|Title||An automated system for continuous measurements of trace gas fluxes through snow: an evaluation of the gas diffusion method at a subalpine forest site, Niwot Ridge, Colorado|
|Publication Type||Journal Article|
|Year of Publication||2009|
|Authors||Seok B, Helmig D., Williams MW, Liptzin D, Chowanski K, Hueber J|
|Pagination||95 - 113|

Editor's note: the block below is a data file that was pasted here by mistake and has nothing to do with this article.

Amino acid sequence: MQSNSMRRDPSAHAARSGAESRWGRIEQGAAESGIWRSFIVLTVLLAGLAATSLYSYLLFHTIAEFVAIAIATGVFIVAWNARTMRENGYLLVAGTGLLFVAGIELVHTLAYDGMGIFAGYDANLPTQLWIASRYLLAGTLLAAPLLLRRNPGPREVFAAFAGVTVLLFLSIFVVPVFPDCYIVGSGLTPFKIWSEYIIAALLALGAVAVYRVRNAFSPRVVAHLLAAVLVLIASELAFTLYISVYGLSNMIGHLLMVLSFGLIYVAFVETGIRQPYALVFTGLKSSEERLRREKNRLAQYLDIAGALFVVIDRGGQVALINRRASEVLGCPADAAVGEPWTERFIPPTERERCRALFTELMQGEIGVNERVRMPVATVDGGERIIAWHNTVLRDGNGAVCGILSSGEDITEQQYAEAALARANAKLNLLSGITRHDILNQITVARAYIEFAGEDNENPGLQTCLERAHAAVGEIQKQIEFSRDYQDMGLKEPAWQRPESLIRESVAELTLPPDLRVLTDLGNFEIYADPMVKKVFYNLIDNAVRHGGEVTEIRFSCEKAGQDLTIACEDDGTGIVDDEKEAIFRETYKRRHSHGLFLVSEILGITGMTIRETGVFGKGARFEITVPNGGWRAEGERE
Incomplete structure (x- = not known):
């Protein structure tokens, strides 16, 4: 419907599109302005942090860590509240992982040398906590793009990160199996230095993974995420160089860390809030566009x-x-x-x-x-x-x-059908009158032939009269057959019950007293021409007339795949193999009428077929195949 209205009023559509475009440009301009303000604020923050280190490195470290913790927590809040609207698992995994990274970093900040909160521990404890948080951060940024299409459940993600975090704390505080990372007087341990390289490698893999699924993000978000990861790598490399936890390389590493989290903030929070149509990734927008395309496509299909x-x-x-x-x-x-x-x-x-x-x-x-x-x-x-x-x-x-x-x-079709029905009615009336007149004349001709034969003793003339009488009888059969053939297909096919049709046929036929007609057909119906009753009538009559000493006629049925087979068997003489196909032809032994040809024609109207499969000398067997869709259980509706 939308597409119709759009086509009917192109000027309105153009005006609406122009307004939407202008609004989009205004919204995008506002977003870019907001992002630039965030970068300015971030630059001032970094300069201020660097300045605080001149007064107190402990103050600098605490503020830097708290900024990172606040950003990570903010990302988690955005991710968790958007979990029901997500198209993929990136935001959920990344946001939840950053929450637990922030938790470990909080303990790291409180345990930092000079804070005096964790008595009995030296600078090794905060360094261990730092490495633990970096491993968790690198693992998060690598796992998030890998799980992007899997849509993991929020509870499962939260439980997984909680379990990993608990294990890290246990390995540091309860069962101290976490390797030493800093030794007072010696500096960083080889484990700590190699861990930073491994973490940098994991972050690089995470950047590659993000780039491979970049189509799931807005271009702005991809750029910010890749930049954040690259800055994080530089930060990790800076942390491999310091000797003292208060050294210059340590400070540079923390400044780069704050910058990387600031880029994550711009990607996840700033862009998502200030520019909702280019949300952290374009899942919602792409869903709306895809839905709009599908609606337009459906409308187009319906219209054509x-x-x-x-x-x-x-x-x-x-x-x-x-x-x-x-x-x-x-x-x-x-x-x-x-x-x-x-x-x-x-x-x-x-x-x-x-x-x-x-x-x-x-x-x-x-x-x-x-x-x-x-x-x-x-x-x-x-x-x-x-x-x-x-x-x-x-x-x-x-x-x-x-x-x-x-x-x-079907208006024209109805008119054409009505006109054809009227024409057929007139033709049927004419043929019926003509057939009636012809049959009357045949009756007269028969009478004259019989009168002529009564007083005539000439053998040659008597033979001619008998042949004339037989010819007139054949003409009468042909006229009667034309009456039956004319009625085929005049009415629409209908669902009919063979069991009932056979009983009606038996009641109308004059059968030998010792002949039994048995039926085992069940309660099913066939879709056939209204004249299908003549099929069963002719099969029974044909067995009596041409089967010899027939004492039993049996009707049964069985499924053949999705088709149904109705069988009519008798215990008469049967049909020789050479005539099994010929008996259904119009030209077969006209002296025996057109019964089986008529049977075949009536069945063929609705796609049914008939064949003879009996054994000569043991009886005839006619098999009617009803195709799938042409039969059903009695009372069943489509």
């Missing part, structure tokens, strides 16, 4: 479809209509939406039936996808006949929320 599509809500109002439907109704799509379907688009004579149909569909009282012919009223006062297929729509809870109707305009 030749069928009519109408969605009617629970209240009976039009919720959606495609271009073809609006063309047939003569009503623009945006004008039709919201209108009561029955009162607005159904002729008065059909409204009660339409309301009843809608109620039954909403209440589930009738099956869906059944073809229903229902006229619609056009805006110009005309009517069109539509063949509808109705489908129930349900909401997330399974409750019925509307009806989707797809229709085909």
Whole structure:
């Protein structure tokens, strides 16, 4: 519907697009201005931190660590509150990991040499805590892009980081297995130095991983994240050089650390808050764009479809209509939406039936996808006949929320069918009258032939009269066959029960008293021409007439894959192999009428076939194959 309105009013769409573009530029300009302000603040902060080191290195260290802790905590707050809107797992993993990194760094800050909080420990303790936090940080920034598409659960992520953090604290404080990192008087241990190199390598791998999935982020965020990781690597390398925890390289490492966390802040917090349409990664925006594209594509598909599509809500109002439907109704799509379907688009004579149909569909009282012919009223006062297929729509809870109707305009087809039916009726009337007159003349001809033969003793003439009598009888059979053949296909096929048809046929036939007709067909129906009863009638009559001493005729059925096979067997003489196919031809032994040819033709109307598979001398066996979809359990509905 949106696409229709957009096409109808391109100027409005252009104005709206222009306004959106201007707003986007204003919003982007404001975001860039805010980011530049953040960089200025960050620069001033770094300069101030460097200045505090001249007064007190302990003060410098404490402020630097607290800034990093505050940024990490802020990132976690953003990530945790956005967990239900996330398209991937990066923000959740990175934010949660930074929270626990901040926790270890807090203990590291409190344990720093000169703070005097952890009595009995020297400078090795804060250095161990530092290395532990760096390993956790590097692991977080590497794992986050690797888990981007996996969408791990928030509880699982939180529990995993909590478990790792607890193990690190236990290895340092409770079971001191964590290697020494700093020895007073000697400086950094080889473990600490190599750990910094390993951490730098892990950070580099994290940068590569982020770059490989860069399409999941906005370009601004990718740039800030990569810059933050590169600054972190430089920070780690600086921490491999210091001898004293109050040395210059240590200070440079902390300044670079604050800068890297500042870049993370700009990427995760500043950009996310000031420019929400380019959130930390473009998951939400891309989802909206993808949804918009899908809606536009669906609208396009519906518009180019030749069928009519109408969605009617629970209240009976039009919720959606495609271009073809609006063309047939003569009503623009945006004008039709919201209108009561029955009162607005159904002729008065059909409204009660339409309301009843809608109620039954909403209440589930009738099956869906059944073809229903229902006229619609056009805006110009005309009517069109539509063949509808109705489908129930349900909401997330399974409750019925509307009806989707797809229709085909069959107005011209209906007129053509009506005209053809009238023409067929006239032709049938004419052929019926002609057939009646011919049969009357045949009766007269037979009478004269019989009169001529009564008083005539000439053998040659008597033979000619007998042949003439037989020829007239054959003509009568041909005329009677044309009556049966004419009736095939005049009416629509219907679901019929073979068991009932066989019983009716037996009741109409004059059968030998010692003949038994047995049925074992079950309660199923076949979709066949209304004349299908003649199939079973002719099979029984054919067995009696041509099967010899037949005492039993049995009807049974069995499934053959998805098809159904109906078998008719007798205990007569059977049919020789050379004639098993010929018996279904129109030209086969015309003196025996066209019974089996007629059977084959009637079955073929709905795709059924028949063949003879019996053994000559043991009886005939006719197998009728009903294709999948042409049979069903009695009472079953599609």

An experimental system for sampling trace gas fluxes through seasonal snowpack was deployed at a subalpine site near treeline at Niwot Ridge, Colorado. The sampling manifold was in place throughout the entire snow-covered season for continuous air sampling with minimal disturbance to the snowpack. A series of gases (carbon dioxide, water vapor, nitrous oxide, nitric oxide, ozone, volatile organic compounds) was determined in interstitial air withdrawn at eight heights in and above the snowpack at ~hourly intervals. In this paper, carbon dioxide data from 2007 were used for evaluation of this technique. Ancillary data recorded inlcuded snow physical properties, i.e., temperature, pressure, and density. Various vertical concentration gradients were determined from the multiple height measurements, which allowed calculation of vertical gas fluxes through the snowpack using Fick’s 1st law of diffusion. Comparison of flux results obtained from different height inlet combinations show that under most conditions fluxes derived from individual gradient intervals agree with the overall median of all data within a factor of 1.5. Winds were found to significantly influence gas concentration and gradients in the snowpack. Under the highest observed wind conditions, concentration gradients and calculated fluxes dropped to as low as 13% of non-wind conditions. Measured differential pressure amplitude exhibited a linear relationship with wind speed. This suggests that wind speed is a sound proxy for assessing advection transport in the snow. Neglecting the wind-pumping effect resulted in considerable underestimation of gas fluxes. An analysis of dependency of fluxes on wind speeds during a 3-week period in mid-winter determined that over this period actual gas fluxes were most likely 57% higher than fluxes calculated by the diffusion method, which omits the wind pumping dependency.